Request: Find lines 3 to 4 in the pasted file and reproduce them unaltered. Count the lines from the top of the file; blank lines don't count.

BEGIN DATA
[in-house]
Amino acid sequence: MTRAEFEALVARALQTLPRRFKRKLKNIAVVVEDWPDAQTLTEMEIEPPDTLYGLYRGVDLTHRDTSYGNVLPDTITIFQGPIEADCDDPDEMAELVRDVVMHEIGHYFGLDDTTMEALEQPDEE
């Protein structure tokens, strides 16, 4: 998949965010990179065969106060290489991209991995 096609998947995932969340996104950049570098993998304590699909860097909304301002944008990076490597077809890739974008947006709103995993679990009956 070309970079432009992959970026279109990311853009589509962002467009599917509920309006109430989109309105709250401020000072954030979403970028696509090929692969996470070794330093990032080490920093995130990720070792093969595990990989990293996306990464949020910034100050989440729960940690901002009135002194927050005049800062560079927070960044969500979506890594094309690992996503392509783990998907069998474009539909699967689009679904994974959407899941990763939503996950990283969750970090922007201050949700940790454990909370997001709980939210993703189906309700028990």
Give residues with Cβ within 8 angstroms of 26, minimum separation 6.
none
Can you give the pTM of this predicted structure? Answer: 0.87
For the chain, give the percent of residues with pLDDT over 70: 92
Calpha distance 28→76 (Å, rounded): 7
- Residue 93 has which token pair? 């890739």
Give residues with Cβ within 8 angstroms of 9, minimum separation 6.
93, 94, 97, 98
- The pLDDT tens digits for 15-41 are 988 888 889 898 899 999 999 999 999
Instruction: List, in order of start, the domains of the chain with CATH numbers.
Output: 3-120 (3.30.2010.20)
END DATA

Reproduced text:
């Protein structure tokens, strides 16, 4: 998949965010990179065969106060290489991209991995 096609998947995932969340996104950049570098993998304590699909860097909304301002944008990076490597077809890739974008947006709103995993679990009956 070309970079432009992959970026279109990311853009589509962002467009599917509920309006109430989109309105709250401020000072954030979403970028696509090929692969996470070794330093990032080490920093995130990720070792093969595990990989990293996306990464949020910034100050989440729960940690901002009135002194927050005049800062560079927070960044969500979506890594094309690992996503392509783990998907069998474009539909699967689009679904994974959407899941990763939503996950990283969750970090922007201050949700940790454990909370997001709980939210993703189906309700028990």
Give residues with Cβ within 8 angstroms of 26, minimum separation 6.